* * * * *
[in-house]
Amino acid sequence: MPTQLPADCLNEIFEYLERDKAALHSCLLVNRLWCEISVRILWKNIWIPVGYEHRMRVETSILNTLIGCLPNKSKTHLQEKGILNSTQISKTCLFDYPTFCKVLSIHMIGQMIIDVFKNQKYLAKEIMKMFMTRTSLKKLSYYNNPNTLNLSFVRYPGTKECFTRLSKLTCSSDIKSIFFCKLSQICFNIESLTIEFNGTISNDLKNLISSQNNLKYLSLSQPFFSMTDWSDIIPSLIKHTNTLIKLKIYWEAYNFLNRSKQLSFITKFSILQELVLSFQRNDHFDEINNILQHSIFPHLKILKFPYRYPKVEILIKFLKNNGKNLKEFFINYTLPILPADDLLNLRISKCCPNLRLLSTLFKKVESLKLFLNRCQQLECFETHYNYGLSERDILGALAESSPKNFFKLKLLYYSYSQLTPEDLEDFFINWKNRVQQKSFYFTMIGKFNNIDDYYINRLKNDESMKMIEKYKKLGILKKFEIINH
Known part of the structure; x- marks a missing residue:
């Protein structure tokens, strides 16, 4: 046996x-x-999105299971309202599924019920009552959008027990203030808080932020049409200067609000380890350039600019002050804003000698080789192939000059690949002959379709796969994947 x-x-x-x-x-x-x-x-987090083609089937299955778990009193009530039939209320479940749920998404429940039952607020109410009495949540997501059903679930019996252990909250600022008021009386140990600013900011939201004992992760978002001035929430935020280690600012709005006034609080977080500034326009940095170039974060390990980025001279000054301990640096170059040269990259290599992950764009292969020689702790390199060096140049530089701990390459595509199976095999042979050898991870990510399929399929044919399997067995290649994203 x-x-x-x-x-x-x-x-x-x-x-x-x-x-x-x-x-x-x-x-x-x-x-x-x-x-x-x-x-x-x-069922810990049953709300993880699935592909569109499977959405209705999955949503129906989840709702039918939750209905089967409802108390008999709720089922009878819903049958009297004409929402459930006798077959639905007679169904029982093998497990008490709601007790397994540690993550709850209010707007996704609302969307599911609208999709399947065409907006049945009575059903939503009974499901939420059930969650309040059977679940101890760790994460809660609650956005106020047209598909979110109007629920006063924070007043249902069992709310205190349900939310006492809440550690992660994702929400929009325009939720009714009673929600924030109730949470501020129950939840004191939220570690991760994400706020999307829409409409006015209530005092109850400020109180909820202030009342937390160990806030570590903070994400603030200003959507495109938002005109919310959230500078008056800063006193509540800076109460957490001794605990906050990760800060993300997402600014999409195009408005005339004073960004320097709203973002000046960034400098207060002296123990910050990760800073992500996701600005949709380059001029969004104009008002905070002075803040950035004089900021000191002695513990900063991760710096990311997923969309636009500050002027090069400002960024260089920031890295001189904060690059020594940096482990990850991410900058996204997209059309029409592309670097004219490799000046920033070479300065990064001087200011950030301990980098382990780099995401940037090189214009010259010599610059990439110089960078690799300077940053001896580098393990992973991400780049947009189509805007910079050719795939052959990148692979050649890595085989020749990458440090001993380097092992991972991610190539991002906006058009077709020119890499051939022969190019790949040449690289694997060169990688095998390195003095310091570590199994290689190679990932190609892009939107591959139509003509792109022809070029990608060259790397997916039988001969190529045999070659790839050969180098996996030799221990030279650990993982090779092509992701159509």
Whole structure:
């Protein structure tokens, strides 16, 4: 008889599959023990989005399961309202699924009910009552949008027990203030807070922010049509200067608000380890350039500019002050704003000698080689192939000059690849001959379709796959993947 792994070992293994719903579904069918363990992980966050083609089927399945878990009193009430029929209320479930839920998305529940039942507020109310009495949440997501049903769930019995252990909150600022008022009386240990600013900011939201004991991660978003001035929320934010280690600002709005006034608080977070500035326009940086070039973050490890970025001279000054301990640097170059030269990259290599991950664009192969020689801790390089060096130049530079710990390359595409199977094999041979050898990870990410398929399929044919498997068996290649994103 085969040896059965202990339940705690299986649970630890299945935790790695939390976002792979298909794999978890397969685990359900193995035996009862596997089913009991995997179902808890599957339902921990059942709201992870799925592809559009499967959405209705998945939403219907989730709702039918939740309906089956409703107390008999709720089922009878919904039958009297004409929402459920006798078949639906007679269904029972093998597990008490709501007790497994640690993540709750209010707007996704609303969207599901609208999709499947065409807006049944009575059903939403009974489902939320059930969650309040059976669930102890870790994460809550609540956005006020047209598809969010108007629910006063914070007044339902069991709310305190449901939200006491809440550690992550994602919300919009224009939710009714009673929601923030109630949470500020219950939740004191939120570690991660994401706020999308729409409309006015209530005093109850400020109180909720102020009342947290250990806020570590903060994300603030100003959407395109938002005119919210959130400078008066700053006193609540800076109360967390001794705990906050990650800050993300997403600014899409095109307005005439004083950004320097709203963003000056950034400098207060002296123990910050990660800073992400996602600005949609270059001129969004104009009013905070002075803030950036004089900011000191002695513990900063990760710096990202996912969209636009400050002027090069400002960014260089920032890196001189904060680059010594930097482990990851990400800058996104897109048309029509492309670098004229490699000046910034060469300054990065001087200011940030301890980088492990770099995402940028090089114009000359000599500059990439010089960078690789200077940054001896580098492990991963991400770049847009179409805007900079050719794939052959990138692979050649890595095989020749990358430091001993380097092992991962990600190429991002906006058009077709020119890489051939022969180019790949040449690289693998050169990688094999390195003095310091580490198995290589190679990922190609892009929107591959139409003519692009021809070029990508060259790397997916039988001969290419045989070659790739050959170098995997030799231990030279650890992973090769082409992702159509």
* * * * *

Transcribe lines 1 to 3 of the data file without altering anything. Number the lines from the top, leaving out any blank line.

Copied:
[in-house]
Amino acid sequence: MPTQLPADCLNEIFEYLERDKAALHSCLLVNRLWCEISVRILWKNIWIPVGYEHRMRVETSILNTLIGCLPNKSKTHLQEKGILNSTQISKTCLFDYPTFCKVLSIHMIGQMIIDVFKNQKYLAKEIMKMFMTRTSLKKLSYYNNPNTLNLSFVRYPGTKECFTRLSKLTCSSDIKSIFFCKLSQICFNIESLTIEFNGTISNDLKNLISSQNNLKYLSLSQPFFSMTDWSDIIPSLIKHTNTLIKLKIYWEAYNFLNRSKQLSFITKFSILQELVLSFQRNDHFDEINNILQHSIFPHLKILKFPYRYPKVEILIKFLKNNGKNLKEFFINYTLPILPADDLLNLRISKCCPNLRLLSTLFKKVESLKLFLNRCQQLECFETHYNYGLSERDILGALAESSPKNFFKLKLLYYSYSQLTPEDLEDFFINWKNRVQQKSFYFTMIGKFNNIDDYYINRLKNDESMKMIEKYKKLGILKKFEIINH
Known part of the structure; x- marks a missing residue: